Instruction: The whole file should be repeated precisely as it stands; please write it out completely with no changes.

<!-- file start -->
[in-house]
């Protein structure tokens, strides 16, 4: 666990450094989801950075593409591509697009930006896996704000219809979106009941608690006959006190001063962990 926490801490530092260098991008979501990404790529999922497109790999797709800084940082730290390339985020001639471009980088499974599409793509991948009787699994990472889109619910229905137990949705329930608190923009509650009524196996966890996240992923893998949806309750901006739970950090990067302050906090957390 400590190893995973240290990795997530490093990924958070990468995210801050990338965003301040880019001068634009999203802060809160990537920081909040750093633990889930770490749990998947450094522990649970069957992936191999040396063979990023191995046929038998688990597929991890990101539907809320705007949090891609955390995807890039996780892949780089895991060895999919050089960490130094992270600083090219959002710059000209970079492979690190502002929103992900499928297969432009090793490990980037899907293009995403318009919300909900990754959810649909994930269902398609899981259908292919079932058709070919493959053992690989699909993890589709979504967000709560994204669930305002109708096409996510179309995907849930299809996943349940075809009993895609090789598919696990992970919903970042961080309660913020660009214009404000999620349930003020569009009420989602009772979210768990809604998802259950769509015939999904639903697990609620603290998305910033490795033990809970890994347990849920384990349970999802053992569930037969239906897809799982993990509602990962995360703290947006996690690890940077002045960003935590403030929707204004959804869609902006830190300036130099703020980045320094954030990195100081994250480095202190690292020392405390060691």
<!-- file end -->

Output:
[in-house]
């Protein structure tokens, strides 16, 4: 666990450094989801950075593409591509697009930006896996704000219809979106009941608690006959006190001063962990 926490801490530092260098991008979501990404790529999922497109790999797709800084940082730290390339985020001639471009980088499974599409793509991948009787699994990472889109619910229905137990949705329930608190923009509650009524196996966890996240992923893998949806309750901006739970950090990067302050906090957390 400590190893995973240290990795997530490093990924958070990468995210801050990338965003301040880019001068634009999203802060809160990537920081909040750093633990889930770490749990998947450094522990649970069957992936191999040396063979990023191995046929038998688990597929991890990101539907809320705007949090891609955390995807890039996780892949780089895991060895999919050089960490130094992270600083090219959002710059000209970079492979690190502002929103992900499928297969432009090793490990980037899907293009995403318009919300909900990754959810649909994930269902398609899981259908292919079932058709070919493959053992690989699909993890589709979504967000709560994204669930305002109708096409996510179309995907849930299809996943349940075809009993895609090789598919696990992970919903970042961080309660913020660009214009404000999620349930003020569009009420989602009772979210768990809604998802259950769509015939999904639903697990609620603290998305910033490795033990809970890994347990849920384990349970999802053992569930037969239906897809799982993990509602990962995360703290947006996690690890940077002045960003935590403030929707204004959804869609902006830190300036130099703020980045320094954030990195100081994250480095202190690292020392405390060691």